kitchen table math, the sequel: 10/18/09 - 10/25/09

Saturday, October 24, 2009

On Gerbils

My school, a K-8 facility has a mission statement (which I'll paraphrase) that says "All children will be taught in their zone of proximal development". This is a noble sentiment which I fully support and aspire to. Unfortunately, my 7th grade math student's abilities range from 3rd through 11th grade based upon the NWEA Measures of Performance (a highly regarded national evaluation). This enormous dispersion is not new. On the contrary, it is chronic and well aged, like a fine New England Cheddar, and it makes a mockery of our mission statement.

Over the summer, my middle school peers and our administration worked on various schemes to address this conflict in light of reduced resources (teachers) and state/district mandates for a failing school under NCLB regs. It is simply not rational to think that you can teach in a zone of proximal development (ZPD) in a classroom with a nine year spread in capabilities.

The consensus that we reached was to take the middle school model we were working under and blow it up. We proposed to place all middle schoolers (6-8) regardless of age, grade level, or hat size, into cohorts whose memberships were determined by academic readiness and to allow for periodic assessments that would allow kids to migrate as their performance dictated. To the extent that we had the resources to support a number of such 'ZPD pods' we would create as many cohorts as possible and each teacher would take on a range of such groups in shortened, focused, classes.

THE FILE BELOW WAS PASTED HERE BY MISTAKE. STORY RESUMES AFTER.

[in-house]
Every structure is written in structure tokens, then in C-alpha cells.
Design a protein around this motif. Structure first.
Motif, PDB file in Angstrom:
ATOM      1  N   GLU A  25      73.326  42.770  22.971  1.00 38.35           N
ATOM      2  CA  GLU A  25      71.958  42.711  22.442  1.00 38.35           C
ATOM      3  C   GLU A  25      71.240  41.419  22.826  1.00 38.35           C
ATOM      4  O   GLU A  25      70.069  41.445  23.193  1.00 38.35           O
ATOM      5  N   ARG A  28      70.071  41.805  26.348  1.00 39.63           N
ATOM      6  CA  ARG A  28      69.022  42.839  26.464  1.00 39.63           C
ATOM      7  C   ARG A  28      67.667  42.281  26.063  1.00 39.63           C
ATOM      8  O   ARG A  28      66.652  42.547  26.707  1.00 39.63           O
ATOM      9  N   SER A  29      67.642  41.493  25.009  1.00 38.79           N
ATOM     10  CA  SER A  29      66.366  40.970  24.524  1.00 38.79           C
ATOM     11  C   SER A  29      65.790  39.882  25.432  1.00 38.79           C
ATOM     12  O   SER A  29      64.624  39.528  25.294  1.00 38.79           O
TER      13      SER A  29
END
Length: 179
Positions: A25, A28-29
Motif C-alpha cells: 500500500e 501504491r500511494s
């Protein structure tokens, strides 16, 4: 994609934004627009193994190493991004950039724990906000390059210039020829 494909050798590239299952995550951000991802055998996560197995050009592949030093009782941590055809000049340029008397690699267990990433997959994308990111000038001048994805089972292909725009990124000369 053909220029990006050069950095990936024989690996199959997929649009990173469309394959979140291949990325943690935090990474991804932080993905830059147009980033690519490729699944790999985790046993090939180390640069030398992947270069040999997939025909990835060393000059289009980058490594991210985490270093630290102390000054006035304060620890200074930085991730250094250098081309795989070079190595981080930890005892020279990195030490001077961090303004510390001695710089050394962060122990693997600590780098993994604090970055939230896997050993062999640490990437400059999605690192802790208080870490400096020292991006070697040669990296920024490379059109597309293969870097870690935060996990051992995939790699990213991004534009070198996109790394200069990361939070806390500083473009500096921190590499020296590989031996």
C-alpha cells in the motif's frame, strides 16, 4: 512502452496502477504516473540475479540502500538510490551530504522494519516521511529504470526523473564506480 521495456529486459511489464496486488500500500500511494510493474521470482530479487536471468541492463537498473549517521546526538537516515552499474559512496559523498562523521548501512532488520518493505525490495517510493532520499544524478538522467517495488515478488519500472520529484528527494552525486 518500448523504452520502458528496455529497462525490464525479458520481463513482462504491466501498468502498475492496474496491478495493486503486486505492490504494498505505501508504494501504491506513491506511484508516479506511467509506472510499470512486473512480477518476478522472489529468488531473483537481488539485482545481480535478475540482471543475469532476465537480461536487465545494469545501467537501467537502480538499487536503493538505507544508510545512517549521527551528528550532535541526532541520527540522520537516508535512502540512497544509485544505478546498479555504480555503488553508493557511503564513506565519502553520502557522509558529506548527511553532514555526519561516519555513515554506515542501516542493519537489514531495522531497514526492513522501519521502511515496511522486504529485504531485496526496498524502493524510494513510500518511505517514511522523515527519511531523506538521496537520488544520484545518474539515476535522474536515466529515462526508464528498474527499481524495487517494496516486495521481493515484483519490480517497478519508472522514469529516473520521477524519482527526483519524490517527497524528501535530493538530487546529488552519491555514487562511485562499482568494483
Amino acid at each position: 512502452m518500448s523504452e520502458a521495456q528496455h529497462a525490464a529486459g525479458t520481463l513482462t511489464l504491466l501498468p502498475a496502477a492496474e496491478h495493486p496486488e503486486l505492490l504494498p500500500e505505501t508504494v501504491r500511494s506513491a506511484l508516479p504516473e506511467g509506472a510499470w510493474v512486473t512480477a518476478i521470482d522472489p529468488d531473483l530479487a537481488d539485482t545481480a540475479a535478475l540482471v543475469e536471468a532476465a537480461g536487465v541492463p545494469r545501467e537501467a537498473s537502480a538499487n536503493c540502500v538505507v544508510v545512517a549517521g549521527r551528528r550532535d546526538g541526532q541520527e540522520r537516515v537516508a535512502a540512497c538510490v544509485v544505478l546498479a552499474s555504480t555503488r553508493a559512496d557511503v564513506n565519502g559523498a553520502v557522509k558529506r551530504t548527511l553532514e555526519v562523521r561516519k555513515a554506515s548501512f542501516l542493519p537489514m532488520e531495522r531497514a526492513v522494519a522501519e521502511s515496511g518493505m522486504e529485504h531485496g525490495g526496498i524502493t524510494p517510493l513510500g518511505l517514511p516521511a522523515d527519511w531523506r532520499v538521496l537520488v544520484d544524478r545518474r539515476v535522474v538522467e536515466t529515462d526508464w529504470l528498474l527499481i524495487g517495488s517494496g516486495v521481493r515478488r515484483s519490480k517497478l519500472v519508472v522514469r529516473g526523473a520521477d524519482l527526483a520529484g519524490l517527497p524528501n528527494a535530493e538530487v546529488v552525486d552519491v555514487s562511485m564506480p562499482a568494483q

This proposal was not accepted for a variety of reasons. Some of them had to do with scheduling challenges and some had to do with the MCAS (Massachusetts state testing) mandated NCLB assessments. Bottom line is that only one reason is a legitimate show stopper at the upper reaches of our district. There is a huge fear that if we teach kids in their ZPD, say a 4th grade capable student gets 4th grade curriculum, then they won't do well on their grade level MCAS assessment.

GAAAAAACK! Of course they won't but neither will they do well on the very same assessment if they are forced to spend a year sitting through a 7th grade curriculum that is being delivered 15,000 feet over their poor heads. Worse, if we insist (as is interminably true) in the perversity of a mission statement that is wholly at odds with our delivery system, those very same 4th grade capable students become rancorous sores in the classroom, denying the kind of environment that breeds success for those few students who may be lucky enough to have a repertoire that is in synch with the delivery.

A quarter of the way into the year, we have learned that way too many kids are failing (surprise) to meet the minimal requirements for their grade level standards. In an 'emergency' meeting, we were informed that it was our duty (as teachers) to work together to solve this problem in an innovative, collaborative way. After much discussion it was agreed to come up with a plan to - drum roll inserted here - break up the middle school into 'ZPD cohorts', come up with a schedule, etc.

I'm just a gerbil on a wheel. No! No! Wait. I'm on the wheel and I'm singing "I Am the Walrus". Did you know that John Lennon wrote that song while on an acid trip? He supposedly received a letter from a teacher who was having his students analyze Beatles lyrics. He was amused at this and resolved to write an incomprehensible lyric based on "Through The Looking Glass".

If he was a teacher he wouldn't have needed acid or Lewis Carroll.

"Are Teacher Colleges Producing Mediocre Teachers?" TIME

TIME article by Gilbert Cruz.